Should I wear a mask this summer?

UCalgary infectious disease experts share their views to reduce your COVID-19 risk this summer
 Masked people working at laptops
University of Calgary Files

For infectious disease experts at the University of Calgary, the recommendation is yes. You should wear a mask, especially in cramped indoor spaces with large groups of people this summer including planes, airports, trains and concerts.

On June 14, the Government of Alberta lifted its remaining COVID-19 public health restrictions and on June 20, the federal government lifted some pandemic-related travel restrictions, although the federal government (as of June 28) still requires people to wear a mask on planes and trains in Canada.

While we may breathe a sigh of relief as life gets back to normal, experts say we should remember — it doesn’t mean the pandemic is over. In fact, as of June 23, the Government of Alberta reported that there were 587,890 COVID-19 cases in the province and 661 people in hospital with the disease.

With COVID-19 still circulating, what can you do to reduce your risk and ensure an enjoyable summer holiday? Cumming School of Medicine infectious disease experts Drs. Cora Constantinescu, MD, Craig Jenne, PhD, and Dan Gregson, MD, offer tips in this Q-and-A.

Q: Many restrictions are lifted, so is summer travel safe?
We are seeing fewer hospitalizations from COVID than last year. Though that means the societal burden has improved, you need to continue to take charge of your own personal risk as restrictions are lifted.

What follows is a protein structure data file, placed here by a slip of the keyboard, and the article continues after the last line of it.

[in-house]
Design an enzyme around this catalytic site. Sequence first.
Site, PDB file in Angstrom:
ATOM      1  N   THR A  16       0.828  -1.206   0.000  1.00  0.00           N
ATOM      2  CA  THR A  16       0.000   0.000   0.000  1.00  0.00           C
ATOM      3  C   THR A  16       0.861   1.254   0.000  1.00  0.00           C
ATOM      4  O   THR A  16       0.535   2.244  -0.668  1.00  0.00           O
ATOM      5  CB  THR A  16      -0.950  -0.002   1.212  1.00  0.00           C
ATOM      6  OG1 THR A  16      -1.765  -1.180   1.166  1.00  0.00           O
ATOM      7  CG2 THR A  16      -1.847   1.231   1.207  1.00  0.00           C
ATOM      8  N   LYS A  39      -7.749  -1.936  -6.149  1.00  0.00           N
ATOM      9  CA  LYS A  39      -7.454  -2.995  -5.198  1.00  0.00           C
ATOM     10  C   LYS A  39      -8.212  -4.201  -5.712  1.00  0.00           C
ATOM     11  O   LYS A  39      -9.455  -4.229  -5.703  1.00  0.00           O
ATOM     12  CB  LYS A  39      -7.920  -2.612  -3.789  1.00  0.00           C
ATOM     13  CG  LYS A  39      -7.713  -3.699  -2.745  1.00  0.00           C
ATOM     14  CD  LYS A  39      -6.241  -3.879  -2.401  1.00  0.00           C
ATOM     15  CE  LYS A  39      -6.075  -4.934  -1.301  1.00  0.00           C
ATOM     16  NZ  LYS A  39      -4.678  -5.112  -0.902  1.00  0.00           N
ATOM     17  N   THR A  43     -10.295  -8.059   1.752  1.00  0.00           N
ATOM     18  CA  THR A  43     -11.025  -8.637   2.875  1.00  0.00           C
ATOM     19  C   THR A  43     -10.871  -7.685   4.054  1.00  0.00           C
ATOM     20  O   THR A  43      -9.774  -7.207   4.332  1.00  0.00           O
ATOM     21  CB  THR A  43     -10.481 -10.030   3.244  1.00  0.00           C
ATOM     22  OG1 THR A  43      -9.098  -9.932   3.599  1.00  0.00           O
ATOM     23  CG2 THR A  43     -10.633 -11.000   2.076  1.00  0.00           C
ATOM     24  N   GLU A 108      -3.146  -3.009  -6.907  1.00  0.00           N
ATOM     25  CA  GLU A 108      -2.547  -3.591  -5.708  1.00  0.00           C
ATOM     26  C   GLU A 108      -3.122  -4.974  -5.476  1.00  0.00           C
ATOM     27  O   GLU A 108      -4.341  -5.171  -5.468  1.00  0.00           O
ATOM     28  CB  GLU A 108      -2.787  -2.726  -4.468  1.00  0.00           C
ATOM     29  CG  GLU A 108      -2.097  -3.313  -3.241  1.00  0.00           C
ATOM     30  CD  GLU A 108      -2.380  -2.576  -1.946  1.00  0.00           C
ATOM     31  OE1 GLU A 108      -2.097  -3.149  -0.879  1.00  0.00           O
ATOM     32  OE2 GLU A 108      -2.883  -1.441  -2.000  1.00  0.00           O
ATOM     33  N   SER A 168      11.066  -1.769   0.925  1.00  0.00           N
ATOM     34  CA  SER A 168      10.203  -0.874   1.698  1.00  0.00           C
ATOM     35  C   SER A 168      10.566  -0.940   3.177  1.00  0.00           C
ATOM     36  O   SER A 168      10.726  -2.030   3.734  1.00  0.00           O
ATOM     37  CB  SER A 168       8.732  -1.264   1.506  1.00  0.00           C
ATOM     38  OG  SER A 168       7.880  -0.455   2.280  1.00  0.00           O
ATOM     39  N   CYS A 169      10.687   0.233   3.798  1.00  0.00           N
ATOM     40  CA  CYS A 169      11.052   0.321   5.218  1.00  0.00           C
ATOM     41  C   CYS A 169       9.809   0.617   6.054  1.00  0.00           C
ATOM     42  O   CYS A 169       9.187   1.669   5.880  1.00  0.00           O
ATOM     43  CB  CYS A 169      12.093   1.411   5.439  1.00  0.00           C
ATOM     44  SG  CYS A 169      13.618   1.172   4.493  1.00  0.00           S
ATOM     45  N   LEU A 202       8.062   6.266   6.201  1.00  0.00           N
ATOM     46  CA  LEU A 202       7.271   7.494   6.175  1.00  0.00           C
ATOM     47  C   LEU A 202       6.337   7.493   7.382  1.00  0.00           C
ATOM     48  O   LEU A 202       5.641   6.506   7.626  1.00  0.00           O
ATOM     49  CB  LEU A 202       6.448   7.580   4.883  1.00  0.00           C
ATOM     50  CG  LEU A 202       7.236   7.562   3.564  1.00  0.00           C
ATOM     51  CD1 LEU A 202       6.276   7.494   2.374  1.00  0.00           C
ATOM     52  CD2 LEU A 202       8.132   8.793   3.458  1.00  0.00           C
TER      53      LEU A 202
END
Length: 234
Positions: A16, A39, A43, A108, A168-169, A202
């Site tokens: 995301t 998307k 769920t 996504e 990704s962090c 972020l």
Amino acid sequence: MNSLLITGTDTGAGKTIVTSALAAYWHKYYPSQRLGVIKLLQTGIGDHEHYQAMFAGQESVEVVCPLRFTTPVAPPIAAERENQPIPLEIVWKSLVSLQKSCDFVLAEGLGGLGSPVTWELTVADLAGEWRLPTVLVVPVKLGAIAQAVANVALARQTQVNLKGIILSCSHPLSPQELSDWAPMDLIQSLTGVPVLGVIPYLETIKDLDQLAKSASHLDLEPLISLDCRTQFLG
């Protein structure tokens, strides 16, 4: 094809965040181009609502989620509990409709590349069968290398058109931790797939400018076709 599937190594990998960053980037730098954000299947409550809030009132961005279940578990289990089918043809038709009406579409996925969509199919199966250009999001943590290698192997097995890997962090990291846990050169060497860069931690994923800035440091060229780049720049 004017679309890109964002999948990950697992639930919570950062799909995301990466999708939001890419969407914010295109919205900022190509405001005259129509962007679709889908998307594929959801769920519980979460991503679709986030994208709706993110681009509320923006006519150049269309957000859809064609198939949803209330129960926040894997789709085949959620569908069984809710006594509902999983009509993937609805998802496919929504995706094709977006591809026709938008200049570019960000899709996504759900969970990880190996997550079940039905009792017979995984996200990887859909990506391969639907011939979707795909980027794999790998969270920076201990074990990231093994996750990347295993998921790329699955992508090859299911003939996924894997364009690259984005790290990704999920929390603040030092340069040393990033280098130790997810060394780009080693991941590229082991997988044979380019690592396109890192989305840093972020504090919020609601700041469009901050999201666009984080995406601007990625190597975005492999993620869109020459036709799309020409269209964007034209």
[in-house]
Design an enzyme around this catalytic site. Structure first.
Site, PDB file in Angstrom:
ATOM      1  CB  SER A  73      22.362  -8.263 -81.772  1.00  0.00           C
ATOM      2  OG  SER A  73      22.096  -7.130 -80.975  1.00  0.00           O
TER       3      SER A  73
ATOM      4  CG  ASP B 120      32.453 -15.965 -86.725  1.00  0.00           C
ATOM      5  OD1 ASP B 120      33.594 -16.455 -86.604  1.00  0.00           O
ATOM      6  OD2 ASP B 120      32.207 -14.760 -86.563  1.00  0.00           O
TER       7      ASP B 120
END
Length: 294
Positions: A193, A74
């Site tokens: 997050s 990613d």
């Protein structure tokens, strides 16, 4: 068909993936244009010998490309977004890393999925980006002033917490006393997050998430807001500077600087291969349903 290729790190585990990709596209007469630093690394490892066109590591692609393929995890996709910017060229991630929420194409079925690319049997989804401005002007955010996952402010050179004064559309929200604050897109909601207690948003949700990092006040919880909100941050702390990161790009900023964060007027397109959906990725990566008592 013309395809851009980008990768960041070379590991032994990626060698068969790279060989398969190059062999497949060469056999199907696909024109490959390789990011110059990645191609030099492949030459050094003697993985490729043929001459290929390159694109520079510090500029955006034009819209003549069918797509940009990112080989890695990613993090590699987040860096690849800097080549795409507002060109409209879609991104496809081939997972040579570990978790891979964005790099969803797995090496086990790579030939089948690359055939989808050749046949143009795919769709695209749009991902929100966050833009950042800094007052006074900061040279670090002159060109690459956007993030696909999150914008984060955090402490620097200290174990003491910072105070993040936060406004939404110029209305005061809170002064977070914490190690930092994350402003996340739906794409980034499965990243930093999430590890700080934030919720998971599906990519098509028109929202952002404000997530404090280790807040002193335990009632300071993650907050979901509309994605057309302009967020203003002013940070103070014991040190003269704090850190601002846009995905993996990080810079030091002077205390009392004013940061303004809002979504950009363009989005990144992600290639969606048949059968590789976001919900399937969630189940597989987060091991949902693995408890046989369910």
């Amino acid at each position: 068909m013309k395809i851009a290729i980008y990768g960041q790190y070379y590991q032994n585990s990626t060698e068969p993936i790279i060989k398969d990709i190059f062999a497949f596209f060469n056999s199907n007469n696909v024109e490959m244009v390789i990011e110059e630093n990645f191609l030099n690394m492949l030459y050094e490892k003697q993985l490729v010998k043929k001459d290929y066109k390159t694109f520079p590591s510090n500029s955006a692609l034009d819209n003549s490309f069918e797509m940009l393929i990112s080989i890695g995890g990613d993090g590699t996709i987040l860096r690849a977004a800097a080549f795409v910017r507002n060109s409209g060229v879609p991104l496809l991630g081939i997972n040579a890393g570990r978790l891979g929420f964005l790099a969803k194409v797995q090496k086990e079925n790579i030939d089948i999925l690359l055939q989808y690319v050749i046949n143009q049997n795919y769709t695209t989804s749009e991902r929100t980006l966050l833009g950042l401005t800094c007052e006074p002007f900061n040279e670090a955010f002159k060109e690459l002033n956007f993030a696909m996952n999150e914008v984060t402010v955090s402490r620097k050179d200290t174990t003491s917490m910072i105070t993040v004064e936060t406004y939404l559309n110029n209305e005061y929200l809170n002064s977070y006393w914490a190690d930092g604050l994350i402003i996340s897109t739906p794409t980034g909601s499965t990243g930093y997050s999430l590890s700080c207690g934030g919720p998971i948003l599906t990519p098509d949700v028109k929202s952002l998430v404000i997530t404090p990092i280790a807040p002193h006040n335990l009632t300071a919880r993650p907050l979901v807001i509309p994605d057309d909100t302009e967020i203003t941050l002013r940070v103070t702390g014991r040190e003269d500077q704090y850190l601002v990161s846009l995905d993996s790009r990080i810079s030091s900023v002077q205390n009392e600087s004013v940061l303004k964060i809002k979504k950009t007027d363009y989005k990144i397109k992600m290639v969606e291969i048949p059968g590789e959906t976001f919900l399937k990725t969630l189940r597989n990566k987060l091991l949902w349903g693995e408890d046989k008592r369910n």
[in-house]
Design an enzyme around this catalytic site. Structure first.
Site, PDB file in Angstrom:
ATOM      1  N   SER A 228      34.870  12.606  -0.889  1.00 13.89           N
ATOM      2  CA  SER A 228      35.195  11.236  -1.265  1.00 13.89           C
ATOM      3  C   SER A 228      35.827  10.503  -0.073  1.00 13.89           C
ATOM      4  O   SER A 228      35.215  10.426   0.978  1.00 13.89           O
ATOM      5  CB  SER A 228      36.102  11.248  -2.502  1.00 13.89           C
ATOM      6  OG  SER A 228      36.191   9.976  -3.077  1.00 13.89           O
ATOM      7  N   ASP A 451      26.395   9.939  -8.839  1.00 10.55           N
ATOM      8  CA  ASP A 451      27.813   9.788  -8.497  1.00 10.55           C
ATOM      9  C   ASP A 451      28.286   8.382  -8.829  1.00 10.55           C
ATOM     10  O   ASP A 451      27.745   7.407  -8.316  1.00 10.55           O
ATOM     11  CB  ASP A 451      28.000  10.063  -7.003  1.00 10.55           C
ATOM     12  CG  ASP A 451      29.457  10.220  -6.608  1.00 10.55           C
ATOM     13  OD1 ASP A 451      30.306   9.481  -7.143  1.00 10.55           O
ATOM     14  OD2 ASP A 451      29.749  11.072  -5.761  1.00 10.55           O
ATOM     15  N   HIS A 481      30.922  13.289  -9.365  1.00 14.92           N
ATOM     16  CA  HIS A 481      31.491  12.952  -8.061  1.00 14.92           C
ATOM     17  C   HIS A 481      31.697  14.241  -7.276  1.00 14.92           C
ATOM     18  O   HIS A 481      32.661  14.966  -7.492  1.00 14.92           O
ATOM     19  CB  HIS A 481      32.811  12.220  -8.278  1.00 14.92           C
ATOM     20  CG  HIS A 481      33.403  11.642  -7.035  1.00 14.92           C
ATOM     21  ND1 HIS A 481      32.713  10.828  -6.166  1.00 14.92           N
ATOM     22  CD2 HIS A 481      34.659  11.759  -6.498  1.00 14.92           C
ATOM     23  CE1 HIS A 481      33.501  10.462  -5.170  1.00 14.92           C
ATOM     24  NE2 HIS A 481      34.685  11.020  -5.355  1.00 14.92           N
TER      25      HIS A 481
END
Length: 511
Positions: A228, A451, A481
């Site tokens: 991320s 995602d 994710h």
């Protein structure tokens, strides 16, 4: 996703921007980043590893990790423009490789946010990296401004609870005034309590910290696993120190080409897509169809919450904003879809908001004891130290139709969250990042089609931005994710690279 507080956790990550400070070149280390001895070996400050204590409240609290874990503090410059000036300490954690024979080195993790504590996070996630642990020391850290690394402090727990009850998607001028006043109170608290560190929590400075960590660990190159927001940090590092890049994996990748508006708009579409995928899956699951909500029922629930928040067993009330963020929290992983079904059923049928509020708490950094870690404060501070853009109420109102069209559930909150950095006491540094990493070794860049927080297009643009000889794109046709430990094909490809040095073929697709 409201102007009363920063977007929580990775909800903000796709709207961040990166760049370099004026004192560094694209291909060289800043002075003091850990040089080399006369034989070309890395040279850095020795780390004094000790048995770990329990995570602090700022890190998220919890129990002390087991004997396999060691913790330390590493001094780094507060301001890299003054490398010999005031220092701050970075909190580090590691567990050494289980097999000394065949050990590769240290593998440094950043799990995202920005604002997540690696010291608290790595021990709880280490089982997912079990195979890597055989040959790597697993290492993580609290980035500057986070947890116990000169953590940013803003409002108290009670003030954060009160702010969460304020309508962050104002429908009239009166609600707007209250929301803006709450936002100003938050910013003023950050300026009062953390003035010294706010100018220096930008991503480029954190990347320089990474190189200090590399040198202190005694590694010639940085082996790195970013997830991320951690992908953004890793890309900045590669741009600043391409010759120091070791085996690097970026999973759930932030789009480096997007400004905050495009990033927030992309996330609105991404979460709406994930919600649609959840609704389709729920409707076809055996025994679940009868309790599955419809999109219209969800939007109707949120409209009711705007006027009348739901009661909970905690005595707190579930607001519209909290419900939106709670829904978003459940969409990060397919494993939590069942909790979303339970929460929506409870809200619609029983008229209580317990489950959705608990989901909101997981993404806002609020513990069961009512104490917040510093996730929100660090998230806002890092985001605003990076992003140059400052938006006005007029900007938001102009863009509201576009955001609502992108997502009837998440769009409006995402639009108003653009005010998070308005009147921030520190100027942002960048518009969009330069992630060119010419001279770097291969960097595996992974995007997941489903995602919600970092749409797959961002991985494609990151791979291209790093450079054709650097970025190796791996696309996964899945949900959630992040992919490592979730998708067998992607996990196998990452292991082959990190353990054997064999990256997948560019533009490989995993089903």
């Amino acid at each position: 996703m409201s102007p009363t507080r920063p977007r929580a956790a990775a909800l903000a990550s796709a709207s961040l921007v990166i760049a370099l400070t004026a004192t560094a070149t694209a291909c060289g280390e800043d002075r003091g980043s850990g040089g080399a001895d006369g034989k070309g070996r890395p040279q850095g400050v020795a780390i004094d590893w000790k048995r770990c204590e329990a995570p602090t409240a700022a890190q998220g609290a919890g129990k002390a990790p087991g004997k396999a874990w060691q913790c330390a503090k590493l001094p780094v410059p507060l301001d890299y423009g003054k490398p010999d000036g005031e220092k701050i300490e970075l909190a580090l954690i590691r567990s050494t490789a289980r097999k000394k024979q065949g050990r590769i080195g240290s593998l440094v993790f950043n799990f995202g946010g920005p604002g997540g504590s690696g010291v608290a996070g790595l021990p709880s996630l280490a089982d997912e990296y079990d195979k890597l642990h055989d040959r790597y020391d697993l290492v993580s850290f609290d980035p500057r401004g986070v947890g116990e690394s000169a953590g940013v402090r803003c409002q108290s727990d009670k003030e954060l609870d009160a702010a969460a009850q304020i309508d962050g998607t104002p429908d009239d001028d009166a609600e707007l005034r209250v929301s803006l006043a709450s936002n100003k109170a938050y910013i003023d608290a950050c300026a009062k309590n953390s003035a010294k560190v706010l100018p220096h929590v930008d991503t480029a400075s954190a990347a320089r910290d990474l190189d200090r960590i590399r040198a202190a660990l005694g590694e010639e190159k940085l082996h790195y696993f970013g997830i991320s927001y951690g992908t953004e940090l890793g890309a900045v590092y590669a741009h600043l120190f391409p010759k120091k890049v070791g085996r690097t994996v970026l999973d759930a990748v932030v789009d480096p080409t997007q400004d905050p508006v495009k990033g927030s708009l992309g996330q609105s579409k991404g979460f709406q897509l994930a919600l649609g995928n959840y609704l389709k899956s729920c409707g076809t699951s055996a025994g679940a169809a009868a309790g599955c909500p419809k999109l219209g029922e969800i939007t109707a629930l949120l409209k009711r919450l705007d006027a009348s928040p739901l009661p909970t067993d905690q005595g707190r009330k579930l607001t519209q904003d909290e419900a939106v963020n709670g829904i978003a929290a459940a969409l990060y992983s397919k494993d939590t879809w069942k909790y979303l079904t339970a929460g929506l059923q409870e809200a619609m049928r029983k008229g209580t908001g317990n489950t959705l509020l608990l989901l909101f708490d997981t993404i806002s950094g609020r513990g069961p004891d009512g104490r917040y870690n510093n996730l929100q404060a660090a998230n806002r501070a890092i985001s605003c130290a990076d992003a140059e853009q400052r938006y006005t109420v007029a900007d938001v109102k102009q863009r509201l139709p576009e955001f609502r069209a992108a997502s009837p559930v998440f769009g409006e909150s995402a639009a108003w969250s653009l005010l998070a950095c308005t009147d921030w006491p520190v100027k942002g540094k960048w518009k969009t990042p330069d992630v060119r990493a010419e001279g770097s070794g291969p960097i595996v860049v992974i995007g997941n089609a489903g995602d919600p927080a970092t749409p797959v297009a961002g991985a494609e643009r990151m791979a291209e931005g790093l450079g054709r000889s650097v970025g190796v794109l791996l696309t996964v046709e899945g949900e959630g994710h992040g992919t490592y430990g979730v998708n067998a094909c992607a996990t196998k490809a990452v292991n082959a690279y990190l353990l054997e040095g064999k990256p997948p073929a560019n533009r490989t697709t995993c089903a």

In fact, COVID infection rates are much higher year over year in the month of June. The difference this year is that vaccinations have changed the face of the pandemic: they’ve helped keep the severity of infection low, resulting in fewer hospitalizations and reduced stress on the health-care system. However, your need to calculate your own personal risk and adjust your behaviour in accordance with that.

Q: Should I wear a mask this summer if I’m traveling internationally?
A: No one wants to be sick with COVID-19 or the flu when relaxing at the beach or cycling through Europe, and you don’t want to be sick when you get home. So, masking on planes and trains is an opportunity to minimize the risk of ruining what might be your first cross-border vacation in a couple of years.

Masking not only protects you, but it also protects the broader health-care system and, perhaps most important, other vulnerable people — maybe your granny, neighbour or a family member that is immunocompromised, pregnant or an unvaccinated child under five.

Not only does masking reduce the likelihood that you might pass an infection on to a stranger during your travels, but it also reduces the chance you might bring the virus home from your travels, reducing the risk to friends and family who may not have travelled with you. Masking when travelling shows you are looking out for others.

Q: Is it too late to get vaccinated? Should I do it before I travel this summer?
A: Unvaccinated travellers face elevated risk of health complications from COVID infection, so it’s recommended to get vaccinated.

With every vaccination, you protect yourself and others from getting sick — that’s the most important thing. Hospitalizations are lower thanks to the vaccine. Two doses of the vaccine are not enough to prevent transmission, so if you can, plan for three doses before you travel. For those who are vaccinated, make sure to keep your vaccinations up to date.

There are benefits to vaccination and staying healthy that go beyond public health as well. You save yourself and the government money and add value by ensuring a healthier workforce.

Q: I’m pregnant. Is it safe for me to travel this summer?